0
By:
V. Dian Ratna P.
Sanata Dharma University
Menu.
..
Start
• Introduction
• Literature Review
• Methodology
Main
• Analysis and Discussion
Final
• Conclusion
• Refere...
Introduction
 Different address terms depends on the social class, age,
sex, etc.
 A teacher can be called Sir or Mr. Sm...
Research Questions
1. What are the address terms used in The King’s
Speech movie?
2. How are the address terms used in The...
Literature Review
 Address terms: Title, First Name (FN), Last Name
(LN), Nickname, Combination or nothing at all
 The c...
Cont.
 Process (based on social factors):
* symmetrical: John to Fred
(inequality and unfamiliarity)
* asymmetrical: Mr. ...
Method
 Content or document analysis:
film analysis  The King’s Speech by Tom
Hooper
 Steps:
1. Determining the objecti...
Analysis and Discussion
 Formal address terms for the King:
* Your Royal Highness (people to the King)
* his Majesty (Kin...
Cont.
 Doctor
e.g. “Thank you so much, Doctor, it’s been most
interesting” (Elizabeth to the 1st doctor)
least intimate:...
Cont.: Surprise ^_^
 Lionel calls the King: Bertie to be less formal
 Wardhaugh (2010: 288), it shows:
“those at the bot...
Cont.: Process
Asymmetrical
Doctor to Mr.
Johnson (vice versa)
Symmetrical
Bertie to Lionel
(to reduce
differences)
Cont.
 Symmetrical: within family (intimate relationship)
e.g. Elizabeth or David and Bertie
“David : Hello, Bertie.
Bert...
Conclusion
 Status differences are highly regarded in The King’s
Speech
 Title alone and TLN are used when two people ha...
References
 Fraenkel, J.R and Wallen, N.E.. (2008). How to Resign
and Evaluate Research in Education (7th ed.). Boston:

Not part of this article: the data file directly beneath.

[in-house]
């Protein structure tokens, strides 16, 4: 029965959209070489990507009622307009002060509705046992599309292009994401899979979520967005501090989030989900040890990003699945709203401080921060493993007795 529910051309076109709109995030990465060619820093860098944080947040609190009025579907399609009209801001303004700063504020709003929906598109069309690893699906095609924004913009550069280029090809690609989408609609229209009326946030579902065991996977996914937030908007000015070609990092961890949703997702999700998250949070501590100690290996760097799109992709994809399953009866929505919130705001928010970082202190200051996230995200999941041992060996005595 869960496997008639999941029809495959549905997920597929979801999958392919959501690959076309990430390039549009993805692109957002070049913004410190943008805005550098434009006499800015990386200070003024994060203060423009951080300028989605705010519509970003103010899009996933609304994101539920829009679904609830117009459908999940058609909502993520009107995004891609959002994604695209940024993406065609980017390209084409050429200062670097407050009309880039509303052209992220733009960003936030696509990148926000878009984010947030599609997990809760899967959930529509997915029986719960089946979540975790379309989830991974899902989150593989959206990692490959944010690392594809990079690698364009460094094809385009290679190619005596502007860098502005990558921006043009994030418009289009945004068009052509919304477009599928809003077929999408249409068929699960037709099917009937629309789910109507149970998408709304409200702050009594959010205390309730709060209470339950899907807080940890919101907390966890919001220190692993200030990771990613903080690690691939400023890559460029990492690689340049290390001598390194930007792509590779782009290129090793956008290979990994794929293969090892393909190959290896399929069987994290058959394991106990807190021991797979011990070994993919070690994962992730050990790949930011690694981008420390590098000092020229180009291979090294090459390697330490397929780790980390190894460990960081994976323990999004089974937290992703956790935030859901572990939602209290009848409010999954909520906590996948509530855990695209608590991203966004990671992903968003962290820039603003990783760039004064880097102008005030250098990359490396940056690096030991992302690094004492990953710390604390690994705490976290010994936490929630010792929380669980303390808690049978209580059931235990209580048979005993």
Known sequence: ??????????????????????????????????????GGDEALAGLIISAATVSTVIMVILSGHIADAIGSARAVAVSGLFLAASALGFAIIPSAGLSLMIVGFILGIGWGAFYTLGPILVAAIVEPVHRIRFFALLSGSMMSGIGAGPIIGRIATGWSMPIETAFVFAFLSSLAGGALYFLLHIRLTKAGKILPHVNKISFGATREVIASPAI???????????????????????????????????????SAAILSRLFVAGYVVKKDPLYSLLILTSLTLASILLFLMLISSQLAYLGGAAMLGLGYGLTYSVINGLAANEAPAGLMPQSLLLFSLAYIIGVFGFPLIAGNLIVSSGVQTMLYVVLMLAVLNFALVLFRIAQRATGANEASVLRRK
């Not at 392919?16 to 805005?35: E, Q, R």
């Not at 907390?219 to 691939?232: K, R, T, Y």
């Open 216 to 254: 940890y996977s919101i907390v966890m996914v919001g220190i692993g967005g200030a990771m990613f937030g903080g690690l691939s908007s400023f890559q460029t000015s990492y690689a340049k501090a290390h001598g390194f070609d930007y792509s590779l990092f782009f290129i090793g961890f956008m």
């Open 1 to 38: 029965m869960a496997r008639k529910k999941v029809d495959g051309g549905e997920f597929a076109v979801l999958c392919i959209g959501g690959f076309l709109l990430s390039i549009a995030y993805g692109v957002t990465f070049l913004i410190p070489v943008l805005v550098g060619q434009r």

M...
That’s all ...
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Addressing Terms in The King’s Speech Movie

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Transcript of "Addressing Terms in The King’s Speech Movie"

  1. 1. By: V. Dian Ratna P. Sanata Dharma University
  2. 2. Menu. .. Start • Introduction • Literature Review • Methodology Main • Analysis and Discussion Final • Conclusion • References
  3. 3. Introduction  Different address terms depends on the social class, age, sex, etc.  A teacher can be called Sir or Mr. Smith by his students at school. However, he might also be called Dear by his wife or John by his brother at home.  The King’s Speech movie by Tom Hooper
  4. 4. Research Questions 1. What are the address terms used in The King’s Speech movie? 2. How are the address terms used in The King’s Speech movie?
  5. 5. Literature Review  Address terms: Title, First Name (FN), Last Name (LN), Nickname, Combination or nothing at all  The choice of name used for addressing others depends both on the knowledge of exactly who that other is and the circumstances of the conversation. (Wardhaugh, 2010: 282)
  6. 6. Cont.  Process (based on social factors): * symmetrical: John to Fred (inequality and unfamiliarity) * asymmetrical: Mr. Jones to Elizabeth (equality and familiarity)  Sir or Madam are generalized variants of the Title category  Jack, Buddy or Mate are generic first name (FN)  Title alone: least intimate  Nickname or pet name: greater intimacy  Positive and negative politeness (Holmes, 2001: 268)